Tuesday, August 27, 2019

H.H. Holmes Case Study Example | Topics and Well Written Essays - 2000 words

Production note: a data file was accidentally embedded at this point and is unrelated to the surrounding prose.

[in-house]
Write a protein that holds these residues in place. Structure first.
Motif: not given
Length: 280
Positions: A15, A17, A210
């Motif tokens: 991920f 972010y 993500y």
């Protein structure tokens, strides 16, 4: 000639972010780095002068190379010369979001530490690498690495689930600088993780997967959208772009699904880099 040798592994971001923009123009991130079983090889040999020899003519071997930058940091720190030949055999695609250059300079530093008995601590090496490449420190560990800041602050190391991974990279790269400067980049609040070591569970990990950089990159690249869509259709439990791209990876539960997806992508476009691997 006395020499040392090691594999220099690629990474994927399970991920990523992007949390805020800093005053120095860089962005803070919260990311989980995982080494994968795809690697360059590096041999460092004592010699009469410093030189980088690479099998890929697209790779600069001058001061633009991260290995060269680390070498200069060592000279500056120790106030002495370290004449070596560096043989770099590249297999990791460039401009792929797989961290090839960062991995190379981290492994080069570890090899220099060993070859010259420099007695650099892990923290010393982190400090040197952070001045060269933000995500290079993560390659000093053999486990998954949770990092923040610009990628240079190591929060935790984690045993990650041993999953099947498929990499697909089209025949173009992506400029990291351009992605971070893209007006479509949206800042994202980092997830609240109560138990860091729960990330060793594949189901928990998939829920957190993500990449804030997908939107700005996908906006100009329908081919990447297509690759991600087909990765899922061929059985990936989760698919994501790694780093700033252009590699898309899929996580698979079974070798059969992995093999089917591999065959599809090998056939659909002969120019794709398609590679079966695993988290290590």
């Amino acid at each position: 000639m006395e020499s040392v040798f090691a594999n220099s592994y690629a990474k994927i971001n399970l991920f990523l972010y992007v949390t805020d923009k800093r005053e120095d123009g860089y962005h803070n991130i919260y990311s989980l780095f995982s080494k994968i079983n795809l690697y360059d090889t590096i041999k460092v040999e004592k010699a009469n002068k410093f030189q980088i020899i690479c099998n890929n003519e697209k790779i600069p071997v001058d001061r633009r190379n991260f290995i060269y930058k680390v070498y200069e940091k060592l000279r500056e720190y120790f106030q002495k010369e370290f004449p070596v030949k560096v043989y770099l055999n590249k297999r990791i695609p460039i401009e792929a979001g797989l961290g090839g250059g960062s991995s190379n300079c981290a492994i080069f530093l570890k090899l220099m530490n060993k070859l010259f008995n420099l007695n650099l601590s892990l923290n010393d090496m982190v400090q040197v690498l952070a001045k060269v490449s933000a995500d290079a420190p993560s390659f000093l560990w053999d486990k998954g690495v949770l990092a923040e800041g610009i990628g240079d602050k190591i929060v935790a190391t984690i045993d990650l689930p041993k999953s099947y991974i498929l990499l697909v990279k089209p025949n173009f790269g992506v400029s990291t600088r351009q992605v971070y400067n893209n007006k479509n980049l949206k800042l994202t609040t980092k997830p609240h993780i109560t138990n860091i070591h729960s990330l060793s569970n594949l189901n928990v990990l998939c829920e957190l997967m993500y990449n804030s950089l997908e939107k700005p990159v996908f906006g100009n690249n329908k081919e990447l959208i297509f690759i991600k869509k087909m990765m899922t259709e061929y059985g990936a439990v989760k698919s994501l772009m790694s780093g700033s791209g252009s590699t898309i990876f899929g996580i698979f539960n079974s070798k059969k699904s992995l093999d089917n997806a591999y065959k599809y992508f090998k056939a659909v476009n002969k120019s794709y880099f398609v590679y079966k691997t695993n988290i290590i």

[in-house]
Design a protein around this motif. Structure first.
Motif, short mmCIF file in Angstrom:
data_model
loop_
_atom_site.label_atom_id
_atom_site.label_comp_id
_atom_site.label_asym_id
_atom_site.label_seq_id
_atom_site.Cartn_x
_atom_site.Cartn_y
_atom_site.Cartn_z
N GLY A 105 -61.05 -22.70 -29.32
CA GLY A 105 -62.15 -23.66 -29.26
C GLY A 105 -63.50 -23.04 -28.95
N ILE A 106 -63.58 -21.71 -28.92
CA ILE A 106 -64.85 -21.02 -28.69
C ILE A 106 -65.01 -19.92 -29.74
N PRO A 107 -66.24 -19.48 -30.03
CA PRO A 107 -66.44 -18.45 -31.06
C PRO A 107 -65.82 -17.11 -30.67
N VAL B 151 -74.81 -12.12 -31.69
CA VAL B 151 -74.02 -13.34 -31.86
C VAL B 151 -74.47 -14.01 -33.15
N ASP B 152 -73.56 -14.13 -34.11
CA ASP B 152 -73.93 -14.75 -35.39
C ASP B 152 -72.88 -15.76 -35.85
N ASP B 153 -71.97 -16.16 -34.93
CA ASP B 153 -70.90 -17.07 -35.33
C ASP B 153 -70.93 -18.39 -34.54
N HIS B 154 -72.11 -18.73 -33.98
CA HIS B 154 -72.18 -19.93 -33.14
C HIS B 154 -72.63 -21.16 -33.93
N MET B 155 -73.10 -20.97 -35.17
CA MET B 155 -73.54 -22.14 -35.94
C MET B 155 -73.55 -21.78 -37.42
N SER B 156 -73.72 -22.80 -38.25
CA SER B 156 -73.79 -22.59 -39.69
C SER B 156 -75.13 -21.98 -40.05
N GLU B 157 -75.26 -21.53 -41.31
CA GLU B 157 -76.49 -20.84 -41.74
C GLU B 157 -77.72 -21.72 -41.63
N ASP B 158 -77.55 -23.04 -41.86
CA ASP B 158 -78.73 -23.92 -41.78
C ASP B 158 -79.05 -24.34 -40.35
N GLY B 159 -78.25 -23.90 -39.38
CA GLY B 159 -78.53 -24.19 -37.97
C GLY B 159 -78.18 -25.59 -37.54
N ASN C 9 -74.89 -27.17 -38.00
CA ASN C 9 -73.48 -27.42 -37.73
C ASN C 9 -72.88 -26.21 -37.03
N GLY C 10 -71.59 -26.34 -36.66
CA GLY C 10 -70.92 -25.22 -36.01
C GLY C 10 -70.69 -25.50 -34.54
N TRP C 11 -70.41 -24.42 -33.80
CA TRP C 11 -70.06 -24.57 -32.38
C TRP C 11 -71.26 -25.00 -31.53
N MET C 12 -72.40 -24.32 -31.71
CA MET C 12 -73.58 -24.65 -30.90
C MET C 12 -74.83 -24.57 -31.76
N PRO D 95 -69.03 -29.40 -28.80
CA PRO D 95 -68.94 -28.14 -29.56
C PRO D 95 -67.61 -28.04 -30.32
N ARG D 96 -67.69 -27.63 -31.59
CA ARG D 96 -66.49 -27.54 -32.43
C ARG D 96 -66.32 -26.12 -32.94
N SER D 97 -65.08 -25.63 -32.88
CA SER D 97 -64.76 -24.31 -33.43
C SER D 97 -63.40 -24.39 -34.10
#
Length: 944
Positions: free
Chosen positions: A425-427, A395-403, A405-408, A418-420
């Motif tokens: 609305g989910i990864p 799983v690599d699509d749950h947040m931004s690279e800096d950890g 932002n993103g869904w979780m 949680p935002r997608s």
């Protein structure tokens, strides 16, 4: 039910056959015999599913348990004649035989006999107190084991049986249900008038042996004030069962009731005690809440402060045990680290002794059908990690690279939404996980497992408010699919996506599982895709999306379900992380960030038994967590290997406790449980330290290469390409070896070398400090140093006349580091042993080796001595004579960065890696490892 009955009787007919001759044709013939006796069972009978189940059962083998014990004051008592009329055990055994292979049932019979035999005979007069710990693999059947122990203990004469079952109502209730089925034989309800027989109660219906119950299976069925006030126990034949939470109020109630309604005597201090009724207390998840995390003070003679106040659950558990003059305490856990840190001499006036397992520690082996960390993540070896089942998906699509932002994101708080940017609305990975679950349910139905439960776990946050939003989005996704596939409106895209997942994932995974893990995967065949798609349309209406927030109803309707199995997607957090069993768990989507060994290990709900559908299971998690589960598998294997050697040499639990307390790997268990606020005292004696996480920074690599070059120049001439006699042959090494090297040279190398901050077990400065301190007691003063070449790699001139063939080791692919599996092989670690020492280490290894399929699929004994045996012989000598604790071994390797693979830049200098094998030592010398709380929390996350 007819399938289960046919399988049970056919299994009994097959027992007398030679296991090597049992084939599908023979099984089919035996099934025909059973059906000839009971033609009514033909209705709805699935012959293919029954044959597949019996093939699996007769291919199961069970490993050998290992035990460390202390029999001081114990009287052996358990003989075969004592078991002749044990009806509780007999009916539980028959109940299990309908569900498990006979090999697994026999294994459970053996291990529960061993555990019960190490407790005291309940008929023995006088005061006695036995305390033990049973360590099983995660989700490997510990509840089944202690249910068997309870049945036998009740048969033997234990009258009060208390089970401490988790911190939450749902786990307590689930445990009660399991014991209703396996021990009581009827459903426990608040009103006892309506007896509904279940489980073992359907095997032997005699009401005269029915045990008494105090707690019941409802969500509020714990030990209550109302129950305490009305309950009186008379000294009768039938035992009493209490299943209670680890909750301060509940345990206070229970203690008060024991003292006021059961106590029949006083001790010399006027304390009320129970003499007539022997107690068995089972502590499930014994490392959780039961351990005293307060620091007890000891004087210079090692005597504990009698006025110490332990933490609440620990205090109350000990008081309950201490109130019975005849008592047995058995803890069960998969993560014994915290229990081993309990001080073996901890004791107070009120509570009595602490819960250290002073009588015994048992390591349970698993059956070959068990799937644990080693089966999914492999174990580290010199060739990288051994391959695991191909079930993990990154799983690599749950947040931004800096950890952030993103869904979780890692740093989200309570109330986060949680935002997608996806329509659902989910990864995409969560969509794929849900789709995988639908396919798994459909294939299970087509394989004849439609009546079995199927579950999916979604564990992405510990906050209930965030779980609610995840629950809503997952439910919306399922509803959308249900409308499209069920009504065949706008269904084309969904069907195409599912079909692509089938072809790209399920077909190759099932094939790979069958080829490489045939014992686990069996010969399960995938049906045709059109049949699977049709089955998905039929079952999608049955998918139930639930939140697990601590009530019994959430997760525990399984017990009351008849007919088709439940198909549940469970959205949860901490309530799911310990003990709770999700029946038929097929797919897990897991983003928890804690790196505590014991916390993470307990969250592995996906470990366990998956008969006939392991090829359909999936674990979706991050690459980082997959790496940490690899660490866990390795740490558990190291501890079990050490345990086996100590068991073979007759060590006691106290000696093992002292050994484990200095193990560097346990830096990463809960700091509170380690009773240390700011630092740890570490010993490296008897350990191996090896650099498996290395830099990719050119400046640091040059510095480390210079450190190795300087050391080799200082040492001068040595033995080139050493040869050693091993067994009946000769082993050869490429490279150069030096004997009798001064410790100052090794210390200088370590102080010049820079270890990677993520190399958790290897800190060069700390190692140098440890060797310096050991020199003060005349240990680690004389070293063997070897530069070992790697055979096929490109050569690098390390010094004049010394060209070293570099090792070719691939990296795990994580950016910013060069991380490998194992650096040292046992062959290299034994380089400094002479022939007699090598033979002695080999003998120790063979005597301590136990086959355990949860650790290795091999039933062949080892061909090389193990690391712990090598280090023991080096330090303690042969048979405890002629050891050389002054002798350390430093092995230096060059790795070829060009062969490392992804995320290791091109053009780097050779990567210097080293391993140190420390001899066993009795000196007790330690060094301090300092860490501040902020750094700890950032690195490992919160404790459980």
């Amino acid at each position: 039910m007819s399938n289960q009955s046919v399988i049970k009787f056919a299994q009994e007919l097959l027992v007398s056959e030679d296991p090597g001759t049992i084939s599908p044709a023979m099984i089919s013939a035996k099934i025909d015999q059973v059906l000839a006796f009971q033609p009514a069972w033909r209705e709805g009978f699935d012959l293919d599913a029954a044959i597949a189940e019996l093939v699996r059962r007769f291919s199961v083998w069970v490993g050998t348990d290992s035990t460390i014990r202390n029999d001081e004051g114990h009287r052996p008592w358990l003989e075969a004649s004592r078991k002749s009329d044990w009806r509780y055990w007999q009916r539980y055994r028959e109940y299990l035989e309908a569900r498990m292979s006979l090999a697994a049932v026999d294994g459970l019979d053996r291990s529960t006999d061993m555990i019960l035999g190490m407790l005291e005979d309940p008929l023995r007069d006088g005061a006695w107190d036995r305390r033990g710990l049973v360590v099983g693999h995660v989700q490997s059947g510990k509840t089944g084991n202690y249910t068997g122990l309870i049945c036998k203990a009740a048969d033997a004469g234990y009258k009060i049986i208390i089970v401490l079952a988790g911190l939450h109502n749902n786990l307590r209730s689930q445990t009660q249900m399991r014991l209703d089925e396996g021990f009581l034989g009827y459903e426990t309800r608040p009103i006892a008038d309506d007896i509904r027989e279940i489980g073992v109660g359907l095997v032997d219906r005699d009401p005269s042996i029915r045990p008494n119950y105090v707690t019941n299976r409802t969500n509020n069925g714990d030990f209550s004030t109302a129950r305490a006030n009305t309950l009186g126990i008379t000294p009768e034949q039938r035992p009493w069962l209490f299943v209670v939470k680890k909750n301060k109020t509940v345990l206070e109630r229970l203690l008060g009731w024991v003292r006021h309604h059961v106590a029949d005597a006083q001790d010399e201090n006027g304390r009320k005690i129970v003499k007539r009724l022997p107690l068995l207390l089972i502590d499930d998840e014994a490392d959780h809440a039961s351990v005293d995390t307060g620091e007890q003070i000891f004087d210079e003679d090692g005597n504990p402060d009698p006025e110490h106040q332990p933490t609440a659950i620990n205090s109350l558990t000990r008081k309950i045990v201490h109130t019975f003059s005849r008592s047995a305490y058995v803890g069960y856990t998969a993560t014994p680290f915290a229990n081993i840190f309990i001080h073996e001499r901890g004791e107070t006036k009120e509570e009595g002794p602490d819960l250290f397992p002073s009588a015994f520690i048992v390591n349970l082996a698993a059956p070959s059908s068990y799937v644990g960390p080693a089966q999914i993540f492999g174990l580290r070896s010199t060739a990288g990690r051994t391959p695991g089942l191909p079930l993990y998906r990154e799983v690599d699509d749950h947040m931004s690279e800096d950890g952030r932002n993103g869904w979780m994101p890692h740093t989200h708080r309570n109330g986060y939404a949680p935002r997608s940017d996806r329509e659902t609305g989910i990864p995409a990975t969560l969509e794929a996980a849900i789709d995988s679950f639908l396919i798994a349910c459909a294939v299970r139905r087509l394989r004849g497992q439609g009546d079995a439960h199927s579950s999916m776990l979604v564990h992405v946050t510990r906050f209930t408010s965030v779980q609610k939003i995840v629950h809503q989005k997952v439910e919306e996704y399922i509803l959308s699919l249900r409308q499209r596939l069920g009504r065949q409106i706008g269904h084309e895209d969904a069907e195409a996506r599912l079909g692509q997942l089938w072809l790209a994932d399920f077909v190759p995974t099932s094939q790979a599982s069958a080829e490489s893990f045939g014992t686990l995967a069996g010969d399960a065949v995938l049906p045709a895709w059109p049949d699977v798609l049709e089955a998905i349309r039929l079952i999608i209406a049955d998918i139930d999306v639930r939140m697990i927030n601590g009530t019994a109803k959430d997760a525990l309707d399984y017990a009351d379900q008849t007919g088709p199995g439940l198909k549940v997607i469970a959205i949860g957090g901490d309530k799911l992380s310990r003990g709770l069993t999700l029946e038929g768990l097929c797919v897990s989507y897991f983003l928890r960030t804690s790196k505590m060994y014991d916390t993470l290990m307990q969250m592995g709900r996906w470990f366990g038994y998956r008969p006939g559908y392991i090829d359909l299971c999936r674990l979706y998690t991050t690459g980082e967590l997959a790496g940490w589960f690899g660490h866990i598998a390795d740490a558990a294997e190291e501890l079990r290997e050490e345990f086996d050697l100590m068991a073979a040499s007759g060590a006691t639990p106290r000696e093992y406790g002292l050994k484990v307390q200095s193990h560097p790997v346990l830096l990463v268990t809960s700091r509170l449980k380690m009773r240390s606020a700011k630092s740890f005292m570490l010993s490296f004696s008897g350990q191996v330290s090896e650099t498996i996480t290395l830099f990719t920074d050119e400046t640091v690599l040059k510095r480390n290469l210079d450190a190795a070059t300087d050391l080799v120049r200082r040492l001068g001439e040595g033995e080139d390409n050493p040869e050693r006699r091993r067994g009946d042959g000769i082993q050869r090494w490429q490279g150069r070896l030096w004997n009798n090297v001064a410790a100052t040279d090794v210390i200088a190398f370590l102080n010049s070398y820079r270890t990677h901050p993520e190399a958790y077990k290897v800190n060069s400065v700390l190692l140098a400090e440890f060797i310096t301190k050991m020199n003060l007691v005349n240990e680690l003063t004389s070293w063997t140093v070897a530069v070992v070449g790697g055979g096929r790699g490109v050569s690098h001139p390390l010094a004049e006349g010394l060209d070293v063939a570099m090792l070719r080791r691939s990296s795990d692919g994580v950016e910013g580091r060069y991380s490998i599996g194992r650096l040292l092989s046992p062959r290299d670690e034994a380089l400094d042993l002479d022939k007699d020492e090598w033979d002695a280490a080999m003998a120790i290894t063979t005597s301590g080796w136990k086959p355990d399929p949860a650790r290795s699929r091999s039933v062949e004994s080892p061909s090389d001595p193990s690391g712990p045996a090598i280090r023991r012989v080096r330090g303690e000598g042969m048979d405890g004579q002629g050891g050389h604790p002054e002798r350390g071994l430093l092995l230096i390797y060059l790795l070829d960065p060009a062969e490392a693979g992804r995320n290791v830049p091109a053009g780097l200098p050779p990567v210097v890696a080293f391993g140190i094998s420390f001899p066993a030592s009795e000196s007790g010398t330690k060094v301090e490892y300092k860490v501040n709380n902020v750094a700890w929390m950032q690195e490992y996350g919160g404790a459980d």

H.H. Holmes - Case Study Example The second floor of the castle consisted of sinister guest rooms equipped with trap doors, peepholes, chutes leading to the basement, and moving walls. The chutes led to either a vat of quicklime or acid, or to the incinerator. The rooms were fire resistant padded with asbestos lining (Larson 4). Holmes is known to have committed most of the murders he allegedly was responsible for in the hotel. It was confirmed that Holmes actually committed four murders while he made confession of having committed twenty-seven. It is speculated that he may have committed as many as two hundred murders. Some of his victims were taken from the World’s Fair, which took place about two miles away from his hotel. Holmes is reported to have killed his victims either by pumping poisonous gas into the rooms as guests slept or by poisoning them with chloroform after sneaking into their rooms through the trap doors as they slept. He disposed the bodies by carrying them to the chutes. Apart from the gu est rooms, the Castle had a torture room equipped with an elasticity determinator, which he used to stretch his victims to death (Schechter 13). In a jewelry store on the first floor of the castle, Holmes employed a man as the manager. According to Ramsland, the man had a wife, about six feet tall. She ended up having an affair with Holmes that led to divorce from her husband. She later got pregnant and was convinced by Holmes to have an abortion. Holmes offered to perform the abortion. Later on, Holmes sold a six-foot tall skeleton of a woman for $200 to Hahnemann Medical College. In another incident, a woman named Emmaline Cigrand fell in love with Holmes. They arranged for a marriage; however, Holmes suffocated her to death in a vault, in the Castle, on the day the marriage ceremony was expected to take place (Schechter 37). After a case of murder that had occurred in Philadelphia in 1894 was discovered, the case of Holmes started developing. The police were informed of a scam th at had recently occurred by Marion Hedgepeth, who had once shared a cell with a man named H. M. Howard, and had given Howard the name of an attorney to assist in committing an insurance fraud. The scam involved another man called Benjamin Pitezel, who was assisted by Holmes to get a $10000 life insurance cover from Fidelity Mutual Association in Chicago; and would later fake his own death in an explosion in the laboratory in order to claim insurance compensation. Holmes had informed Pitezel that they would use a cadaver to fake the death. Holmes tricked his accomplice into heavy drinking before soaking him in benzene and burning him to death. He then extinguished the fire and poured chloroform into the stomach of Pitezel’s body. Holmes then altered the scene to create an impression that the death had been caused by an accidental explosion (Geyer 63). In order to collect the money from insurance compensation, there was required a family member to identify the body. Since Pitez el’s wife was sick, Holmes took his daughter for the task. Pitezel’s wife was unaware of her husband’s death. The money was to be shared among several participants in the scam, including Hedgepeth, but Howard schemed and made off with the money. A detailed letter written by Hedgepeth about the scam was passed on to the insurance company, where it was realized that the Howard in question was actually Holmes. Hedgepeth offered the

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